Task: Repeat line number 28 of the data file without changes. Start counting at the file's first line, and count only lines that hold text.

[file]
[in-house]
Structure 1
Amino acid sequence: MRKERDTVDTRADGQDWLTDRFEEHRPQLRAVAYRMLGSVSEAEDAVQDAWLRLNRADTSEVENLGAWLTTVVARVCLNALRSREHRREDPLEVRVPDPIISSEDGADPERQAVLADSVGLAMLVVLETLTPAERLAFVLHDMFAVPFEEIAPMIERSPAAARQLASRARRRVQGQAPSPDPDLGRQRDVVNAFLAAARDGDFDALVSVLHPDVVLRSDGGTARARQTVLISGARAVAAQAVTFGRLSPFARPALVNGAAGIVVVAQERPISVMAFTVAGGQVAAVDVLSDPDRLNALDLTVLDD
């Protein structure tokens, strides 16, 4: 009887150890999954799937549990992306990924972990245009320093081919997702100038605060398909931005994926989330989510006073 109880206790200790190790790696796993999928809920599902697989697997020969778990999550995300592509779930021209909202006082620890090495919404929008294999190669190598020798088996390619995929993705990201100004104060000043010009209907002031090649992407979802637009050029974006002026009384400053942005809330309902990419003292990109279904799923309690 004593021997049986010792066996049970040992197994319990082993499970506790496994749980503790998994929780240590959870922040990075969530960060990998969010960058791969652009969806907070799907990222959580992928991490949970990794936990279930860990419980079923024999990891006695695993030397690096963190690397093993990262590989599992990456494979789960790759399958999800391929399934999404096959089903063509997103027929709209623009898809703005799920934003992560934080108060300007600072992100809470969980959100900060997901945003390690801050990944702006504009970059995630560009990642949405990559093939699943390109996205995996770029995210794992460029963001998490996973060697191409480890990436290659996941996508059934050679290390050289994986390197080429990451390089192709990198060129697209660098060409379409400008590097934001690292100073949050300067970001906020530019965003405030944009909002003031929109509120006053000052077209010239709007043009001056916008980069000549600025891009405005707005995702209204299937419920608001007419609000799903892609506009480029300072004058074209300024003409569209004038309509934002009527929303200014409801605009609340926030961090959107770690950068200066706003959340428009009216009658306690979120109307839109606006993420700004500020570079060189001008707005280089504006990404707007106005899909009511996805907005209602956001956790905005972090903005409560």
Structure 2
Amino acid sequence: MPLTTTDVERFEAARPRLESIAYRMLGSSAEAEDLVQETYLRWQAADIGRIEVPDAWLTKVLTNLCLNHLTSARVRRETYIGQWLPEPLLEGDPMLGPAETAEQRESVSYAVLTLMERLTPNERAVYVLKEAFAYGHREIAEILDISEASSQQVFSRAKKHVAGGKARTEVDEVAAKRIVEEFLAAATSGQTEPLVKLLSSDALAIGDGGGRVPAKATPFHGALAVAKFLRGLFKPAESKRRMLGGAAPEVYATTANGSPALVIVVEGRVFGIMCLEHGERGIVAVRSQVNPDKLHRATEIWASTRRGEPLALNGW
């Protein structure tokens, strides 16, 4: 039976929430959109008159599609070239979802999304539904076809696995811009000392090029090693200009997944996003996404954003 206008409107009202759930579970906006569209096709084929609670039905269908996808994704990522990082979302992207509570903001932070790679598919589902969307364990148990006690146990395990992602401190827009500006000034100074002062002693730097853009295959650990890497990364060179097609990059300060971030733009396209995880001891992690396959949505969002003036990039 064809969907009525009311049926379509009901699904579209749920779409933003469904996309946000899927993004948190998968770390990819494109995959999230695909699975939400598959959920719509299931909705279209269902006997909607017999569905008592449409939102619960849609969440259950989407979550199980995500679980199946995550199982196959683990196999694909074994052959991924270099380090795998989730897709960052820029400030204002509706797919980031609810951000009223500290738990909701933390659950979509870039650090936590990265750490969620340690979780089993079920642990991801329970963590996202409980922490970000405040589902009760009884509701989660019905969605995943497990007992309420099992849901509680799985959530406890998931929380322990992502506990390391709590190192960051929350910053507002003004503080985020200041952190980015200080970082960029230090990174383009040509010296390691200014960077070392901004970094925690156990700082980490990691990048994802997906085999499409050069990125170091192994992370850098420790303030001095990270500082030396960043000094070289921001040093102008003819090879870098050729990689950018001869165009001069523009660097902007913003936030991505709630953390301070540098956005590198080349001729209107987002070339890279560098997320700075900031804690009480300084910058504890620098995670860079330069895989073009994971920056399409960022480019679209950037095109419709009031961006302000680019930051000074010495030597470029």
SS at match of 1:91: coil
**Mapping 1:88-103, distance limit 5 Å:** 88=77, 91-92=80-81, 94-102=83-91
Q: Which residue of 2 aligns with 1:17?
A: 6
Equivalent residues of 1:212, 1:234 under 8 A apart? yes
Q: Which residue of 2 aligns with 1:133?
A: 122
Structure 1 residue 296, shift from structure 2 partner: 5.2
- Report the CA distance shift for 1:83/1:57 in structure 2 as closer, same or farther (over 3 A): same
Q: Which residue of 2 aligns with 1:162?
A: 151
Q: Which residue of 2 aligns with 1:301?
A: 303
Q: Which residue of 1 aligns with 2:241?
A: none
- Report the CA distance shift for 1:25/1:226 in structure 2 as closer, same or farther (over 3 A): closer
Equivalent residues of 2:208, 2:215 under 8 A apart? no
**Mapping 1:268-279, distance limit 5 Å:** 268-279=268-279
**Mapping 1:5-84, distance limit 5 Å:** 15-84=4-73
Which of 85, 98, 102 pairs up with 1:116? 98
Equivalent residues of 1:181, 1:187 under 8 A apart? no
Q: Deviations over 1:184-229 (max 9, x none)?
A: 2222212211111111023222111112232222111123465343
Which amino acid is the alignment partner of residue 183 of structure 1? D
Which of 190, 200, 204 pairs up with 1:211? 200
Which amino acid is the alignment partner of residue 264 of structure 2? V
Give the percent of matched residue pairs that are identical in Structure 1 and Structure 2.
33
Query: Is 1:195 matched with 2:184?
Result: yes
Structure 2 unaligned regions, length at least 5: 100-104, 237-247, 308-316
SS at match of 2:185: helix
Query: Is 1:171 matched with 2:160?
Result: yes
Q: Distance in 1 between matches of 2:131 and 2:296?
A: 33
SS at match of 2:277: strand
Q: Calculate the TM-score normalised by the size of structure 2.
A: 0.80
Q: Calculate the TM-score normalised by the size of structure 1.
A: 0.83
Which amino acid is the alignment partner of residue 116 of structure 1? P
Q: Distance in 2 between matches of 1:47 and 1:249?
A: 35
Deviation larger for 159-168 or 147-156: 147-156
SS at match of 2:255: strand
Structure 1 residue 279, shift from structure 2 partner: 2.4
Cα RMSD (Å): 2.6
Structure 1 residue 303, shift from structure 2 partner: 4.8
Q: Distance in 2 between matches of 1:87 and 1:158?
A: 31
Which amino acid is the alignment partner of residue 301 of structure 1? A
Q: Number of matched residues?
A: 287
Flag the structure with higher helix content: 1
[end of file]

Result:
Equivalent residues of 1:181, 1:187 under 8 A apart? no